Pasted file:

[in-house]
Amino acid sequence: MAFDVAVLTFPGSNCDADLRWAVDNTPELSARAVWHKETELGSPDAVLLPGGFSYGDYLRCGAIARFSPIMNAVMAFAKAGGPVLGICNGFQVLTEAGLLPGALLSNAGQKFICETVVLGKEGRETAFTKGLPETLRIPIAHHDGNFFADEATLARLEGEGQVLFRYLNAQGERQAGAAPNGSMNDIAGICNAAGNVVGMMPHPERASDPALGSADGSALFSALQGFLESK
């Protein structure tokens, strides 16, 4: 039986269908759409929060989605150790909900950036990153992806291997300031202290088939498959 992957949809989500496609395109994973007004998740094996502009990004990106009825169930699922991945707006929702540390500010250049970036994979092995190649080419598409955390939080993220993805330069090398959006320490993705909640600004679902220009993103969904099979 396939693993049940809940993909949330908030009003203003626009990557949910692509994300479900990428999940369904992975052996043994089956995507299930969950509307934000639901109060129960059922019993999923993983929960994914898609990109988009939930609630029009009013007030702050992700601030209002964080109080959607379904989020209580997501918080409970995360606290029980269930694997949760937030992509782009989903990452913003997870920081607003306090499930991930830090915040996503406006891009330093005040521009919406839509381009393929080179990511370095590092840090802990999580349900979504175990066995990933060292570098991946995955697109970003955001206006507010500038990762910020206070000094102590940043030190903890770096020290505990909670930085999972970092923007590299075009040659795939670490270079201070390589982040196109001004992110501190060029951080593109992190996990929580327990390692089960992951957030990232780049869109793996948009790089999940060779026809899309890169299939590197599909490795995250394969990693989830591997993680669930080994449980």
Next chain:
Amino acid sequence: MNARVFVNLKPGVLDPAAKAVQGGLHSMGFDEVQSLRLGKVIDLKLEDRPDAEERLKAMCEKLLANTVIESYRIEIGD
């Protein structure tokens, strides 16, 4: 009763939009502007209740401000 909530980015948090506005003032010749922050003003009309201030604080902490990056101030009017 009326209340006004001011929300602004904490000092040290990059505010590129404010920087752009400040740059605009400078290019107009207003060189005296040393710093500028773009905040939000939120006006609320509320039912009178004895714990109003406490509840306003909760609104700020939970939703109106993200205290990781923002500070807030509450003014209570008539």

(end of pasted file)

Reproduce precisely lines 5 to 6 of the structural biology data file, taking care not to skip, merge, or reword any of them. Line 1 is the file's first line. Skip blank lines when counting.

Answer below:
Amino acid sequence: MNARVFVNLKPGVLDPAAKAVQGGLHSMGFDEVQSLRLGKVIDLKLEDRPDAEERLKAMCEKLLANTVIESYRIEIGD
């Protein structure tokens, strides 16, 4: 009763939009502007209740401000 909530980015948090506005003032010749922050003003009309201030604080902490990056101030009017 009326209340006004001011929300602004904490000092040290990059505010590129404010920087752009400040740059605009400078290019107009207003060189005296040393710093500028773009905040939000939120006006609320509320039912009178004895714990109003406490509840306003909760609104700020939970939703109106993200205290990781923002500070807030509450003014209570008539």